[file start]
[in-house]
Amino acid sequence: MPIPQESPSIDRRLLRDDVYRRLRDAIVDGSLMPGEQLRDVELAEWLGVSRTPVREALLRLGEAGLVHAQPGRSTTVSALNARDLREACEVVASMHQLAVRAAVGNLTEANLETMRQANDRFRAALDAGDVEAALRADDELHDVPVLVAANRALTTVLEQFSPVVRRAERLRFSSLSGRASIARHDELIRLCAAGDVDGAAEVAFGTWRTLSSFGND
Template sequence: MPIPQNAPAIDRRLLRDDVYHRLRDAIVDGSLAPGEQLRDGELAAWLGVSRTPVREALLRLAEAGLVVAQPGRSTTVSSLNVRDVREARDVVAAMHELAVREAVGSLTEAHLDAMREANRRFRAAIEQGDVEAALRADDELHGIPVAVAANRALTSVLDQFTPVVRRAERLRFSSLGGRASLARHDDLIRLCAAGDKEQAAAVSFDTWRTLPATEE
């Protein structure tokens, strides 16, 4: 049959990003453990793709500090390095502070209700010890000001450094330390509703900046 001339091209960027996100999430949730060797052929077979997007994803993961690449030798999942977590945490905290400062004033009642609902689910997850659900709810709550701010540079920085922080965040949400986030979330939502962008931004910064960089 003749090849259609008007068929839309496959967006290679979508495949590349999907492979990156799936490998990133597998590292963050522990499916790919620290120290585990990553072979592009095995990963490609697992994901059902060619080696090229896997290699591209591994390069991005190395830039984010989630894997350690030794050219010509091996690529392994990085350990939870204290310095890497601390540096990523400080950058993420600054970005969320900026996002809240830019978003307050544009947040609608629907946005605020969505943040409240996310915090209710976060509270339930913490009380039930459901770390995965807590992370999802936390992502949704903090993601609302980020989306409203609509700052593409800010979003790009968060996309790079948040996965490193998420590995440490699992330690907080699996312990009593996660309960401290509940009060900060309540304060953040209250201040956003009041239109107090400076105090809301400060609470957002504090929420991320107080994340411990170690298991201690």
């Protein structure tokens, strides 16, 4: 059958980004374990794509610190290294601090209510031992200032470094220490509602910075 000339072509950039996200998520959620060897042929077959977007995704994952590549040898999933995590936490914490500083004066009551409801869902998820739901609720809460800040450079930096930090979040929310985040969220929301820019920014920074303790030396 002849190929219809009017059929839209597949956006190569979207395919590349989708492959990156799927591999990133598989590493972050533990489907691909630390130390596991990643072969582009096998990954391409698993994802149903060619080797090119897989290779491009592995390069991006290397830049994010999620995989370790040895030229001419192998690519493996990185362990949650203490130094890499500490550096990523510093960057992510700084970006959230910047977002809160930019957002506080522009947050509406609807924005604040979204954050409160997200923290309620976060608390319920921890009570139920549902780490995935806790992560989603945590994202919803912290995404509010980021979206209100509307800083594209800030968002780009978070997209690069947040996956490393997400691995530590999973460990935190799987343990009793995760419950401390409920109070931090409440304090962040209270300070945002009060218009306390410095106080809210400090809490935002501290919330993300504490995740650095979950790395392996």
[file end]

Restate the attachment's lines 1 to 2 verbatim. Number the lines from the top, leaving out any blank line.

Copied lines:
[in-house]
Amino acid sequence: MPIPQESPSIDRRLLRDDVYRRLRDAIVDGSLMPGEQLRDVELAEWLGVSRTPVREALLRLGEAGLVHAQPGRSTTVSALNARDLREACEVVASMHQLAVRAAVGNLTEANLETMRQANDRFRAALDAGDVEAALRADDELHDVPVLVAANRALTTVLEQFSPVVRRAERLRFSSLSGRASIARHDELIRLCAAGDVDGAAEVAFGTWRTLSSFGND